Former LISFL president Gus Xikis (center), flanked by Rocco Avallone (left), current LISFL president, and league and ENYSSA administrator Joe Brosi (right).
By Michael Lewis
Exactly two weeks from yesterday, Dec. 17, we say goodbye to 2020.
Or should I say, good riddance.
For so many reasons for so many people it has been the worst year ever.
Deaths, way too many of them.
A contentious Presidential Election, times ten.
Financial strife for so many people.
And probably a few other things that immediately don’t come to mind.
We have been through a lot.
It has taken its toll on yours truly as well, although I realize it is much, much worse for millions of other people.
I have found writing a comfort, a way to express myself and perhaps directly or indirectly, to get whatever I have inside my system out.
But even if I use my writing to “escape” or use it as a catharsis, there is something I cannot escape:
Actually, there is one thing worse:
Writing obituaries of people that you know.
It is the worst part of journalism.
Obituaries can be written in several ways.
There is the basic, perfunctory way in which we tell the basics and facts of a person’s life. Sometimes that will do.
When I have the time and resources, I try to make it a feature story about that person, to let the world know what type of human being he or she was and hopefully put their life into context.
We all have interesting stories. It is up to a writer to unearth them.
I’ve been in the journalism business for a good 46 years and there is always dread writing about the demise of way too many good people, especially ones that literally hit home.
It’s worse, much worse, when you have known the person and his or her family and friends.
Through Friday morning, I counted I had written obituaries of 45 soccer people, local, national and international. Some of these souls I knew well, others I had either interviewed or written about over the years. There were multiple passings on some days.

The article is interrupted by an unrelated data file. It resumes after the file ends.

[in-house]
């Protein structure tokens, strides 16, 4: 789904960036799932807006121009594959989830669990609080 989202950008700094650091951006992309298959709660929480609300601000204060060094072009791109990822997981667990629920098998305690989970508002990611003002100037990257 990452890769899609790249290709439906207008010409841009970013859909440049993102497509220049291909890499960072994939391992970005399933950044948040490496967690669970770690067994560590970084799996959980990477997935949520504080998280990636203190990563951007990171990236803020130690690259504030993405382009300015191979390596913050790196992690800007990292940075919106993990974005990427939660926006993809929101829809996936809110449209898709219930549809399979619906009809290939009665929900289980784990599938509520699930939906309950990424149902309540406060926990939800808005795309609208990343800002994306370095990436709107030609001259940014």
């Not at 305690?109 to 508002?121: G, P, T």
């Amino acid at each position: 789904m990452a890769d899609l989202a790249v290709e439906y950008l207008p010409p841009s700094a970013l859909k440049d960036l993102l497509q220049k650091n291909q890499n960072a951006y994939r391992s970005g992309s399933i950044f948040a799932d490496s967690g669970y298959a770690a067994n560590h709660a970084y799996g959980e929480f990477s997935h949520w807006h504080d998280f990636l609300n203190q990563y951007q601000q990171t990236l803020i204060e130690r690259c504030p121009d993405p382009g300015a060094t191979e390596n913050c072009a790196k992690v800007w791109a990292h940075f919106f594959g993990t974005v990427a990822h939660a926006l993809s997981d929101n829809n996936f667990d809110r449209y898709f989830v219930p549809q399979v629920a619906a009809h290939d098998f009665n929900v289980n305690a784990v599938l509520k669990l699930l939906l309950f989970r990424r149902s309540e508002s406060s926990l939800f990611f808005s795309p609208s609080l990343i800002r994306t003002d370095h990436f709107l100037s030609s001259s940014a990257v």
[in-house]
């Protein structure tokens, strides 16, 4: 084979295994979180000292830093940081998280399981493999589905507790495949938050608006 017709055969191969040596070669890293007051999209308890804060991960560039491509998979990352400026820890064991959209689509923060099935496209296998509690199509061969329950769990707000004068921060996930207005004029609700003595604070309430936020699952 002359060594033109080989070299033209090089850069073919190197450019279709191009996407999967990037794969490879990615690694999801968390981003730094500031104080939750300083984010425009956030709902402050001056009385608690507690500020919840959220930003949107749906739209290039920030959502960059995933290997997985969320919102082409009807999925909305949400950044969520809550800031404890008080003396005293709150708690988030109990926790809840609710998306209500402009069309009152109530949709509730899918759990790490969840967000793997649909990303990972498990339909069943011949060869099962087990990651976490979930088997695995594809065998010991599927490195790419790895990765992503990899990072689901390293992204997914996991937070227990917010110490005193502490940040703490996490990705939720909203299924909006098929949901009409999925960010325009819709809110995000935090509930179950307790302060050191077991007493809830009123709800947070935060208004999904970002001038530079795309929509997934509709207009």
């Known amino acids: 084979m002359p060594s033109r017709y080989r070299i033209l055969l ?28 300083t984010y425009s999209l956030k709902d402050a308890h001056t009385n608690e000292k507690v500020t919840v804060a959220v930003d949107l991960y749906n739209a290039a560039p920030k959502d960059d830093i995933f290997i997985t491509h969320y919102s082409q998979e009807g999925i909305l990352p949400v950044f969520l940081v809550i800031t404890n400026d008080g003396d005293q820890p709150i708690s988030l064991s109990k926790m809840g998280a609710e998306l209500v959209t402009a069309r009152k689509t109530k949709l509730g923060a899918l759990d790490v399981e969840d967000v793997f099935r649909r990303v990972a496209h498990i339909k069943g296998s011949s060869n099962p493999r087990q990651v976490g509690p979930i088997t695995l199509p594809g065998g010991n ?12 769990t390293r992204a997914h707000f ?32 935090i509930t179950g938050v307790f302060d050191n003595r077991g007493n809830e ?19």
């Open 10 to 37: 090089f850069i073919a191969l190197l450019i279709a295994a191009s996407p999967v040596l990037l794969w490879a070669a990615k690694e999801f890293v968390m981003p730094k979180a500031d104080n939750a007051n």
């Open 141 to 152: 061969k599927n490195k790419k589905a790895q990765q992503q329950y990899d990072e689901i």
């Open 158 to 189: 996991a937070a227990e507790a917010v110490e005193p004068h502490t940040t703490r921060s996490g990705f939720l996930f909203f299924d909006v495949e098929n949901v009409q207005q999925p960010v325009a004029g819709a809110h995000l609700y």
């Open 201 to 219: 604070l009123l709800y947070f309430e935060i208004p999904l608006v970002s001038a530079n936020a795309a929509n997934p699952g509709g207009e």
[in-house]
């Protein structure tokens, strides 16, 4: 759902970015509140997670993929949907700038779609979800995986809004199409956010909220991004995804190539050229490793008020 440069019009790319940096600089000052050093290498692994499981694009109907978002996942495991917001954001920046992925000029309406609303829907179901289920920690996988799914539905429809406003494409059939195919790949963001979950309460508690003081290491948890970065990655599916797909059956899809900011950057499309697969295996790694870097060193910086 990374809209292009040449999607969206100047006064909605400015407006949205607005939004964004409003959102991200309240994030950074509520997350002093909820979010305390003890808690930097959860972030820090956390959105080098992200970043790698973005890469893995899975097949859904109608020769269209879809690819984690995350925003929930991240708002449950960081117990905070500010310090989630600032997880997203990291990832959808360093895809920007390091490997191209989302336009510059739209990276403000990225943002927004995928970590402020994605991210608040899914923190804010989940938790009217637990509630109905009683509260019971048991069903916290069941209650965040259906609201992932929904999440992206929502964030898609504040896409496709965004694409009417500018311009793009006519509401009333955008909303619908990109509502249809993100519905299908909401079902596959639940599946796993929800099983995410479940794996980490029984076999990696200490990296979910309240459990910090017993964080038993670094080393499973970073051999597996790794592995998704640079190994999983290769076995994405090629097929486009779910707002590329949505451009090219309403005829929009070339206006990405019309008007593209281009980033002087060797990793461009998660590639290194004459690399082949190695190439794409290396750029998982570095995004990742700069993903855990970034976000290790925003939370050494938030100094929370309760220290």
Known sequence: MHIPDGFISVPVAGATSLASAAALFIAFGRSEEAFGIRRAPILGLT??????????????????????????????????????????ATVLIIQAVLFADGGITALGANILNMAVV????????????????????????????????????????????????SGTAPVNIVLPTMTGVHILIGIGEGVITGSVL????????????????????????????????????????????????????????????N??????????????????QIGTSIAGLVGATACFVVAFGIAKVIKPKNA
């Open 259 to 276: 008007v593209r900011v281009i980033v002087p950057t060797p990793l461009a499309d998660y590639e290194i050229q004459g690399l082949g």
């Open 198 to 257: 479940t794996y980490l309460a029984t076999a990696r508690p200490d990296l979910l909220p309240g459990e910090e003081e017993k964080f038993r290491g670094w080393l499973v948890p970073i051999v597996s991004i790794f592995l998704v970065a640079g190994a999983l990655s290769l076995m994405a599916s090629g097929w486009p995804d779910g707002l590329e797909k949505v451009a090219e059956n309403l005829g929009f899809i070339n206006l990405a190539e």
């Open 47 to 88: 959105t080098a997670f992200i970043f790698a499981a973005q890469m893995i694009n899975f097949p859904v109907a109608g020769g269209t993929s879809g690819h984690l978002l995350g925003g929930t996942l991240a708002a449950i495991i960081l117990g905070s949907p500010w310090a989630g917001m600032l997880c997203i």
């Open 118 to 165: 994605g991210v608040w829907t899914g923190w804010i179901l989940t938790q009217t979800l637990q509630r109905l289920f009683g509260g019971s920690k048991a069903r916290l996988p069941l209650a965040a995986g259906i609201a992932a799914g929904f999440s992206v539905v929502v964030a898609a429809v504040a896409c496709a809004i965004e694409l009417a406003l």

The list included:
* Gus Xikis, Long Island Soccer Football League president
* Nick Apostolides, referee and administrator supreme
* Rochester Lancers players Ibraim Silva, Damir Sutevski, Piero Pratti and Tommy Ord
* Dan Canter, a U.S. international and Cosmos defender
* Dan Wood, Cornell University men’s, Atlanta Chiefs and the Caribous of Colorado coach
* Bob Black, U.S. Soccer and North Texas administrator
* Seninho, Barry Mahy, Ralph Wright and Emmanuel Kofie, who played for the Cosmos
* Ron Broadbent, former National Soccer Coaches Association of America (now United Soccer Coaches) president, who forged his reputation at Spencerport High School in Rochester, N.Y.
* Tony Waiters, who coached the Canadian men to their lone World Cup appearance in 1986
* Bill Peet, Steve LaRosa and Bessie Lamonica, who cast their own unique giant shadows in the Long Island Junior Soccer League and Eastern New York Youth Soccer Association
And that list didn’t include such notable international names as Diego Maradona, Paolo Rossi, Gerard Houllier, Jack Charlton and Nobby Stiles.
Unfortunately, that is just the tip of the proverbial iceberg.
My gift to any of these dearly departed men and women or boys and girls, is a story about them, to put them and their careers — soccer and otherwise — into proper perspective.
Who’s next? I can’t tell you.
I fear it will be someone else I know. I just hope it will be the longest time before I get another opportunity to pen another obituary, especially during the pandemic.
As the saying goes, life goes on.
But like it or not, so does death.